Blog of the International Journal of Constitutional Law

Special Undergraduate Series–The Misplaced Objections Against the Transgender Persons (Protection of Rights) Bill, 2019 (India)

Special Series: Perspectives from Undergraduate Law Students
LL.B. Student Contribution

–Anmol Jain, B.A., LL.B. Student (Hons.), National Law University, Jodhpur, India

Last month, the Lower House of the Indian Parliament passed the Transgender Persons (Protection of Rights) Bill, 2019 to ‘provide for protection of rights of transgender persons and their welfare.’ This comes after a series of efforts by the legislature in the form of multiple lapsed bills and the long journey that the judiciary has traveled to establish the rights of transgender and inter-sex people. However, the Bill has faced multi-pronged criticism from civil society. In this post, I seek to counter such misplaced criticisms–a post that coincides with the first anniversary of the Indian Supreme Court’s historic decision decriminalizing same-sex relationships.

This Bill is a carbon copy of its 2018 version except for a couple of omissions in response to severe backlash from civil society and international institutions. First, the procedure involving a recommendation from the District Screening Committee before granting a certificate of identity to transgender persons has been omitted; and second, the provision criminalizing the act of begging has been dropped.

One of the most severe criticisms of the Bill comes from Human Rights Watch, which argues that the Bill ‘is unclear on a transgender person’s right to self-identity, which India’s Supreme Court recognized in a landmark judgment in 2014.’ It further argues that empowering the District Magistrate to judge the correctness of the application for issuing a certificate of identity violates the international standards of gender recognition, i.e. self-declared identity. While arguing so, the NGO fails to take into account Section 4(2) of the Bill. It explicitly states that a transgender person ‘shall have a right to self-perceived gender identity.’ The District Magistrate is merely empowered to reject an application if it does not adhere to the rules laid down in Section 22. Omitting the decision of a District Screening Committee itself indicates the Government’s commitment to the right of self-determination.

Moreover, considering the fact that the Bill obliges the Government to provide welfare measures towards the socio-economic and educational development of the transgender persons, it becomes imperative to identify the target group through a certification drive. Similar requirements are also present for the Scheduled Castes, Scheduled Tribes and others, who require special attention from the State for their development. Therefore, challenging the provision of certification in itself seems unfounded. 

Another strong criticism is that the Bill has failed to include the recommendation of the Supreme Court to provide reservation for transgender persons in educational institutions and public employment. This is again unfounded because the Government already provides reservation for backwards castes and classes under Articles 15(4) and 16(4) of the Indian Constitution, without having any specific provision obligating the Government to do so. Moreover, it can be perceived from the Bill that the Parliament has preferred wide terminologies such as ‘welfare schemes and programmes’ while obligating the Government for the development of the transgender persons to enable them to innovate new means of development in addition to reservation.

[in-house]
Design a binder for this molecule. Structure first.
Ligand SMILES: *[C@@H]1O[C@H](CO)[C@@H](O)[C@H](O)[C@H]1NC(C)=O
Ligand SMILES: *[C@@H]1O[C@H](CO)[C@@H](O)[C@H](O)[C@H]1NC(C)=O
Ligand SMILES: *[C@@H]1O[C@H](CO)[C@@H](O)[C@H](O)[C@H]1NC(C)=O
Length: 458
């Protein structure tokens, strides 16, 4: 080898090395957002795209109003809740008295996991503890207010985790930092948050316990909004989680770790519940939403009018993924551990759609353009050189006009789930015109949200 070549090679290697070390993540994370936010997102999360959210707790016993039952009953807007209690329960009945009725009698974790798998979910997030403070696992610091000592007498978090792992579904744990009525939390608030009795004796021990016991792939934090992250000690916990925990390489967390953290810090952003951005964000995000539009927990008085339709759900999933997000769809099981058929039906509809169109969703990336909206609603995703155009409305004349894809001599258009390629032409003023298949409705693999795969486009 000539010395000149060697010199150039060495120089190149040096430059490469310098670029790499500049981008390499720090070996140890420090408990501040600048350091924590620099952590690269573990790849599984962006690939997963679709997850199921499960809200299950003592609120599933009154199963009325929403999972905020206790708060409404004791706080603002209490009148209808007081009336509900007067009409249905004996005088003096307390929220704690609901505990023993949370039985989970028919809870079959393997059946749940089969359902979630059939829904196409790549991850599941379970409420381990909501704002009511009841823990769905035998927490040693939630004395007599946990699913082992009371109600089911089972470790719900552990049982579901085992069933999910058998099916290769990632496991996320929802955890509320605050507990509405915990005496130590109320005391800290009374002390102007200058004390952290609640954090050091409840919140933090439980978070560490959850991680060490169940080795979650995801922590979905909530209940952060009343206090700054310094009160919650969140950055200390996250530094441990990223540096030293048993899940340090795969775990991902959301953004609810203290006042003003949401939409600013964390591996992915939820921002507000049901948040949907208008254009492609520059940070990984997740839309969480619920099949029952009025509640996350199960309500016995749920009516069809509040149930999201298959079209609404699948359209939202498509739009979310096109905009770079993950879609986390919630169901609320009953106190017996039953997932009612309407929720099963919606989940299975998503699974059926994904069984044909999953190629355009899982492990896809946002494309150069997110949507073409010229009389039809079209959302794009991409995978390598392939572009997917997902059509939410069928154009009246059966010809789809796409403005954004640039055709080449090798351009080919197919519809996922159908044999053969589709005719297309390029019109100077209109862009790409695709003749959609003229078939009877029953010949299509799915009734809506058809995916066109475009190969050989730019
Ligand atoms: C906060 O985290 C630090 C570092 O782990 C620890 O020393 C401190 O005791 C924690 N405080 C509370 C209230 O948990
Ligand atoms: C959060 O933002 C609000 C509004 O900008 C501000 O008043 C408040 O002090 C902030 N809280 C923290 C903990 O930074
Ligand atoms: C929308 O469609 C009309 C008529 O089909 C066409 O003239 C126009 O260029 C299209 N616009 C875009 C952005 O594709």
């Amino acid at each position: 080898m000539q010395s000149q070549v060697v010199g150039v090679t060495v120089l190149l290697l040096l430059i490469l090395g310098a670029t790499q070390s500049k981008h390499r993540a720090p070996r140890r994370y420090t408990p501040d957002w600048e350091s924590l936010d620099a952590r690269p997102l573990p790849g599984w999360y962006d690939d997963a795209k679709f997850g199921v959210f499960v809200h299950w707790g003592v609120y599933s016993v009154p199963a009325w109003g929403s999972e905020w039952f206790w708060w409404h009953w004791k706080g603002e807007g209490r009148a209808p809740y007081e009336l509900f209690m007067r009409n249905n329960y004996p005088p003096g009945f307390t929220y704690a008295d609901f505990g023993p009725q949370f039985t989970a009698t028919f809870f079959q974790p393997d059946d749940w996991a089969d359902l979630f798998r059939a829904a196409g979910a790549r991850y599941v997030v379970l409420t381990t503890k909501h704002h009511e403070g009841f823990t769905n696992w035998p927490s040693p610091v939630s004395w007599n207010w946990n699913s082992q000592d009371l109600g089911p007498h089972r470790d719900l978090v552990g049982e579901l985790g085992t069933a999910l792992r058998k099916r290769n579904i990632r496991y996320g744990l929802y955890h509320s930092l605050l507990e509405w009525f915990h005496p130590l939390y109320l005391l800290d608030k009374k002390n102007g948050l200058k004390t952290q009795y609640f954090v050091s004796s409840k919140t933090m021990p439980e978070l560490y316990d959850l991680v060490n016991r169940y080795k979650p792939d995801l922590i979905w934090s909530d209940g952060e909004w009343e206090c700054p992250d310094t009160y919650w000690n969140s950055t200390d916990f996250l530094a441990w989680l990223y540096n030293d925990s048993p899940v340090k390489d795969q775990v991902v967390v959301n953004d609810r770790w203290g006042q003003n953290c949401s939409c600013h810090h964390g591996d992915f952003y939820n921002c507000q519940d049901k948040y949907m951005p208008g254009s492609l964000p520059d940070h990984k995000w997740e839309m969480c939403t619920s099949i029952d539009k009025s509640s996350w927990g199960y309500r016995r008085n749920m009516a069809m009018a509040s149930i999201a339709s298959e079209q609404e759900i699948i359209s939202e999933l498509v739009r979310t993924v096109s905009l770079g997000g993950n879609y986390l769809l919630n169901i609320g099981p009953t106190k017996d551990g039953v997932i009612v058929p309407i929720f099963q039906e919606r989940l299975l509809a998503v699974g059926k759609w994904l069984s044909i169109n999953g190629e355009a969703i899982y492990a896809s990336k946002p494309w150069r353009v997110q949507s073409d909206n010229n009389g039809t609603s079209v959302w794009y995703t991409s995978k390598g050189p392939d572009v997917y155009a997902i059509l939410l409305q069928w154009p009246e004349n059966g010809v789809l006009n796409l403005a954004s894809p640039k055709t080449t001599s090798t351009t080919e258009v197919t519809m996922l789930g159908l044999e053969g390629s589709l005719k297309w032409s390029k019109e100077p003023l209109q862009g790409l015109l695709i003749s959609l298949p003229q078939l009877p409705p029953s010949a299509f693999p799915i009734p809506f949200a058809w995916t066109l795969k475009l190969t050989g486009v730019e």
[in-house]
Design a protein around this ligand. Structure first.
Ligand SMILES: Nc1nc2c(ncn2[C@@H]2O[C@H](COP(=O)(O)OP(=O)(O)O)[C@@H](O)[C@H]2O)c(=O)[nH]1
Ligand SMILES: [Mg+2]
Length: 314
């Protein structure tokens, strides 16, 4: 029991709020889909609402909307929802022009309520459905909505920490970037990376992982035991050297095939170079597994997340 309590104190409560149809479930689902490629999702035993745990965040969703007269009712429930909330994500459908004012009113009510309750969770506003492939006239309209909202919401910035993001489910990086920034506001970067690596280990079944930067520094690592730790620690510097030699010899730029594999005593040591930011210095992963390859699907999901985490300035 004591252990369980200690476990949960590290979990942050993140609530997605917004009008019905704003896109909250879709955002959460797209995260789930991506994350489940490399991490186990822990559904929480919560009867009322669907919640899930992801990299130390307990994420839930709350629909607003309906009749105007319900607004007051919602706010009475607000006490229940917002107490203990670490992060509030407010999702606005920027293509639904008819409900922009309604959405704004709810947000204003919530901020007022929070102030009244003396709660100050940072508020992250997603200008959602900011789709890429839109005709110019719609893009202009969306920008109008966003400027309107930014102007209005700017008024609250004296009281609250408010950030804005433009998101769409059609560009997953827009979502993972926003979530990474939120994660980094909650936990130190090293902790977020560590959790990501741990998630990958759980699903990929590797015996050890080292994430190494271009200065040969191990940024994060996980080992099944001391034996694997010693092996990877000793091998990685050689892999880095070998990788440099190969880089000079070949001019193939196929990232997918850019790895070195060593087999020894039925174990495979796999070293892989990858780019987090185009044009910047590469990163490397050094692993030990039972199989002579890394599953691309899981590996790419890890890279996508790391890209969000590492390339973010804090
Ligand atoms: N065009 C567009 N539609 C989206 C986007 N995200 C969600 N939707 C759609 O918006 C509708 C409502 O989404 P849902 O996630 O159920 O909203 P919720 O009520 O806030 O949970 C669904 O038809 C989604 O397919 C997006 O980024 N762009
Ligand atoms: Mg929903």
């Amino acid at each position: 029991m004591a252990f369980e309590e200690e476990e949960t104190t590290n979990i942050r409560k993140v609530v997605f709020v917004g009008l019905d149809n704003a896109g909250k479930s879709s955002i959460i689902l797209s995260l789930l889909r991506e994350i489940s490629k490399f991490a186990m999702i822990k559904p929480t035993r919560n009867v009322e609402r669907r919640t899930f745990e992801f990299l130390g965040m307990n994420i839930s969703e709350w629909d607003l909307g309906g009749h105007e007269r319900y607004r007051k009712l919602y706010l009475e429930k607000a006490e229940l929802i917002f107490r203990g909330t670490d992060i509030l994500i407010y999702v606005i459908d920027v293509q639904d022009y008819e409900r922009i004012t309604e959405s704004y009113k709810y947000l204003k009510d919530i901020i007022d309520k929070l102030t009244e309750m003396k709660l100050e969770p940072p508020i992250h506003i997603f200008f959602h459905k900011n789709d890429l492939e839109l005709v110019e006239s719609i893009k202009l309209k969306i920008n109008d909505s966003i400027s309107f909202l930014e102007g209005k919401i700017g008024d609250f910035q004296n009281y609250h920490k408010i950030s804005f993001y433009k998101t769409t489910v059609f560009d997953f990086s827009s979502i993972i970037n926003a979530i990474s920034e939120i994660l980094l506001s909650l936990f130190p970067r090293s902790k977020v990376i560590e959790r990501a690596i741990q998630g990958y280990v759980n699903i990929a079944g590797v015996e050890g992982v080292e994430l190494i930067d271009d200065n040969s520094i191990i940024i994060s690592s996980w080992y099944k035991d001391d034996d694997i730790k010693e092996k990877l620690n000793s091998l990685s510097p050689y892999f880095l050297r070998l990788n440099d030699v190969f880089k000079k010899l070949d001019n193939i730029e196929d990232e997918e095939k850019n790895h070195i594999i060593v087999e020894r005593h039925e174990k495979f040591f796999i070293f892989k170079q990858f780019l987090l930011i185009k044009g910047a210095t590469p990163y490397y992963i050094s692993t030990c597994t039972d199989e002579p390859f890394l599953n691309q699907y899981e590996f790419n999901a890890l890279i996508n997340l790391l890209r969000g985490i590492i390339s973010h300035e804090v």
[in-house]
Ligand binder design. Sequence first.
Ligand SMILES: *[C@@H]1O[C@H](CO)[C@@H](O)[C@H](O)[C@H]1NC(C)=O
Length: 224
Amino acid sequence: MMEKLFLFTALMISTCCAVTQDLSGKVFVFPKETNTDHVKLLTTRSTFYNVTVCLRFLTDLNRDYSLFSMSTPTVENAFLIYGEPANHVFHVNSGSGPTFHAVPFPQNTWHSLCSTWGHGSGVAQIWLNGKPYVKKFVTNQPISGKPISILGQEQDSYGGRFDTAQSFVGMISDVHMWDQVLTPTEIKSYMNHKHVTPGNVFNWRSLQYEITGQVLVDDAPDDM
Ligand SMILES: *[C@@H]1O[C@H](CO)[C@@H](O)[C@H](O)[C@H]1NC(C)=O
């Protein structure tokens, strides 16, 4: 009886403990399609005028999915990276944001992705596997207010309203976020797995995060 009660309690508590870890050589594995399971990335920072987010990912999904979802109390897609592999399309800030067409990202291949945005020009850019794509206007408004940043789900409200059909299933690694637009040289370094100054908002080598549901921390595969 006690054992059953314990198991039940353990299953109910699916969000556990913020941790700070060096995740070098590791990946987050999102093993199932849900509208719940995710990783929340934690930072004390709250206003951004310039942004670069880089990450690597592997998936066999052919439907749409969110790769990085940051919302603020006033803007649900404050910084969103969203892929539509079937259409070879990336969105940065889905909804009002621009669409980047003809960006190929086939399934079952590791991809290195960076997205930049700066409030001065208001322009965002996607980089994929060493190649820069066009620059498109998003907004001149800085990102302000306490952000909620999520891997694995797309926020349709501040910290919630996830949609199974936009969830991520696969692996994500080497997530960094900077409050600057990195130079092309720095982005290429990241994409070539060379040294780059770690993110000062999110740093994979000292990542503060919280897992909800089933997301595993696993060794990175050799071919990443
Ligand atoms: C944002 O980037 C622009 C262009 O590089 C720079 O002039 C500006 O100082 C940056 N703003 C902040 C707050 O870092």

The next criticism concerns the definition of family under Section 2(c). The transgender community argues that the Bill takes a narrow picture of family while restricting relations by blood, marriage and blood and fails to acknowledge the special community structures such as the ‘gharana’ system, where transgender persons live together. I believe that the real picture is different. A generic term ‘family’ is defined under the Bill only because Section 12 prohibits any forceful separation of a transgender person from his/her immediate family owing to their identity. The Bill nowhere prohibits a conscious decision of a transgender person to leave the family and reside with another. The prohibition is merely against the immediate family.

Given the fact that it is a prohibition, Parliament cannot afford to define the term ‘family’ in a wide manner inclusive of the social organizations of transgender persons; otherwise, it shall hamper the right of such organizations to limit their membership. Amid such unfounded criticisms, the press has failed to highlight one important lacuna of the Bill. Parliament has merely given a statutory recognition to the National Council for Transgender Persons, when similar bodies for SCs and STs have been conferred constitutional recognition. Last year, similar recognition was also extended to the National Commission for Backward Classes through the 102nd Constitutional Amendment.

Keeping this aside, I believe this Bill must be welcomed as it marks the first attempt by the Indian Legislature to enact an equality code which shall supplement the guarantees of anti-discrimination and equality as envisaged in the Constitution of India.

Suggested Citation: Anmol Jain, Special Undergraduate Series–The Misplaced Objections Against the Transgender Persons (Protection of Rights) Bill, 2019 (India), Int’l J. Const. L. Blog, Sept. 15, 2019, at:–the-misplaced-objections-against-the-transgender-persons-(protection-of-rights)-bill,-2019-(india)


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